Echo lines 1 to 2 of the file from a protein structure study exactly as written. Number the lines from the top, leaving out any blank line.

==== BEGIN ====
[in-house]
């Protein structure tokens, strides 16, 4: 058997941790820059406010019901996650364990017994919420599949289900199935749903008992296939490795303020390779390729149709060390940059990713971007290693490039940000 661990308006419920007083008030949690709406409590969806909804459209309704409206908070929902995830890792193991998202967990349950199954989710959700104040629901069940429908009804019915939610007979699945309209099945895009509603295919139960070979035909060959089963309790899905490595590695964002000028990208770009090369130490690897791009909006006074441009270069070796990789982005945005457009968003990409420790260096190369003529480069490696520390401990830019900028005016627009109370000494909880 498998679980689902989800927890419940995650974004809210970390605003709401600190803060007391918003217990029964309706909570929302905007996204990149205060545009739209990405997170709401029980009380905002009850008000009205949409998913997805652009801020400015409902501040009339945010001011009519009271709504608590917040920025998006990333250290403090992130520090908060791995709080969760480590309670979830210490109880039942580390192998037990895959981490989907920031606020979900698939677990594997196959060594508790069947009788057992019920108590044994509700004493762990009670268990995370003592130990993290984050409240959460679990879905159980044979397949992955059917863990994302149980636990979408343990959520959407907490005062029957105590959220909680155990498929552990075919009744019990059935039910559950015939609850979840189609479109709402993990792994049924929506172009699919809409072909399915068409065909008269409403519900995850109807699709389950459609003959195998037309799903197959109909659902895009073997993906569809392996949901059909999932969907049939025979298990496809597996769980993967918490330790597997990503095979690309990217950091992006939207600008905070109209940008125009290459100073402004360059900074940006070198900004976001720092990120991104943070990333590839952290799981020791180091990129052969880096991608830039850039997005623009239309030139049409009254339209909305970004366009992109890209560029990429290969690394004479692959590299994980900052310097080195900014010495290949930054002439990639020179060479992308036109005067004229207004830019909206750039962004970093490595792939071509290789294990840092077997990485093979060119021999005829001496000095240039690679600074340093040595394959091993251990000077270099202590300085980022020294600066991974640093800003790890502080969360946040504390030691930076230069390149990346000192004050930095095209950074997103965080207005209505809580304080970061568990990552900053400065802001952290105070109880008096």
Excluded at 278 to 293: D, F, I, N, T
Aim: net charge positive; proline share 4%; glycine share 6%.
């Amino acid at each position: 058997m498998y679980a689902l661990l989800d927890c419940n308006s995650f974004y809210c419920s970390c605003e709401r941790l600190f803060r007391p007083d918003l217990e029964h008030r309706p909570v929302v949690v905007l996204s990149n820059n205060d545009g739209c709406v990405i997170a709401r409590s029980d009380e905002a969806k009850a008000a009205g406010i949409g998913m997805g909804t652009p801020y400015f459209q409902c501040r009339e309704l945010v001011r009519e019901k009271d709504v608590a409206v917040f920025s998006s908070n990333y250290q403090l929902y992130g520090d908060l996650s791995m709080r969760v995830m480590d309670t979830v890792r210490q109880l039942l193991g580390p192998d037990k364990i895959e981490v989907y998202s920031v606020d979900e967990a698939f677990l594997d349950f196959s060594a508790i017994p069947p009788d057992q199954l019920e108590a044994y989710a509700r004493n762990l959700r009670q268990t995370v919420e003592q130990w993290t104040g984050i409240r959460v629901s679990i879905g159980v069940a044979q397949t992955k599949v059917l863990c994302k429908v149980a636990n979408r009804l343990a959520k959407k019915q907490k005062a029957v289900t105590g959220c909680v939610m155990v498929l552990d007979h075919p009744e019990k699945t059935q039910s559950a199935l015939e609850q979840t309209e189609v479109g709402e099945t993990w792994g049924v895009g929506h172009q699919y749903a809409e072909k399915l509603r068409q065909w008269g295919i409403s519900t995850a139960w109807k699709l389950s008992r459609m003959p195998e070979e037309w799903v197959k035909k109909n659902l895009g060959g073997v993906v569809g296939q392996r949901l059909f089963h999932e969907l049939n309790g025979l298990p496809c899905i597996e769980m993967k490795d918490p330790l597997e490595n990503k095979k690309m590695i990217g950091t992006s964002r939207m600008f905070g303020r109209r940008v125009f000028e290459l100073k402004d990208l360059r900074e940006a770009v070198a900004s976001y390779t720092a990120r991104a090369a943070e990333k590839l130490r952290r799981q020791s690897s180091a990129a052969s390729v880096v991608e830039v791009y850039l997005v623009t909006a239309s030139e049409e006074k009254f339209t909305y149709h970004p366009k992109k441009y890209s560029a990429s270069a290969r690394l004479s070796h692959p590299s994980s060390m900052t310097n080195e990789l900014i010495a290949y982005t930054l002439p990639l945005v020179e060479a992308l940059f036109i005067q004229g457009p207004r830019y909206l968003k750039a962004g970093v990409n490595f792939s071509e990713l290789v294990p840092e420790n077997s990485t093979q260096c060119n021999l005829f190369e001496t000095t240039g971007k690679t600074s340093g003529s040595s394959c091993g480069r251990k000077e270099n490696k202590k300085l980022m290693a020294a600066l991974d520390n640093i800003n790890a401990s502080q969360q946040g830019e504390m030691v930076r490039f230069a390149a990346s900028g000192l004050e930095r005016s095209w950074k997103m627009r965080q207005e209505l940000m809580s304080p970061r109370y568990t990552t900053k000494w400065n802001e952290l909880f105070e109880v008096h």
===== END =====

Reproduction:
[in-house]
């Protein structure tokens, strides 16, 4: 058997941790820059406010019901996650364990017994919420599949289900199935749903008992296939490795303020390779390729149709060390940059990713971007290693490039940000 661990308006419920007083008030949690709406409590969806909804459209309704409206908070929902995830890792193991998202967990349950199954989710959700104040629901069940429908009804019915939610007979699945309209099945895009509603295919139960070979035909060959089963309790899905490595590695964002000028990208770009090369130490690897791009909006006074441009270069070796990789982005945005457009968003990409420790260096190369003529480069490696520390401990830019900028005016627009109370000494909880 498998679980689902989800927890419940995650974004809210970390605003709401600190803060007391918003217990029964309706909570929302905007996204990149205060545009739209990405997170709401029980009380905002009850008000009205949409998913997805652009801020400015409902501040009339945010001011009519009271709504608590917040920025998006990333250290403090992130520090908060791995709080969760480590309670979830210490109880039942580390192998037990895959981490989907920031606020979900698939677990594997196959060594508790069947009788057992019920108590044994509700004493762990009670268990995370003592130990993290984050409240959460679990879905159980044979397949992955059917863990994302149980636990979408343990959520959407907490005062029957105590959220909680155990498929552990075919009744019990059935039910559950015939609850979840189609479109709402993990792994049924929506172009699919809409072909399915068409065909008269409403519900995850109807699709389950459609003959195998037309799903197959109909659902895009073997993906569809392996949901059909999932969907049939025979298990496809597996769980993967918490330790597997990503095979690309990217950091992006939207600008905070109209940008125009290459100073402004360059900074940006070198900004976001720092990120991104943070990333590839952290799981020791180091990129052969880096991608830039850039997005623009239309030139049409009254339209909305970004366009992109890209560029990429290969690394004479692959590299994980900052310097080195900014010495290949930054002439990639020179060479992308036109005067004229207004830019909206750039962004970093490595792939071509290789294990840092077997990485093979060119021999005829001496000095240039690679600074340093040595394959091993251990000077270099202590300085980022020294600066991974640093800003790890502080969360946040504390030691930076230069390149990346000192004050930095095209950074997103965080207005209505809580304080970061568990990552900053400065802001952290105070109880008096």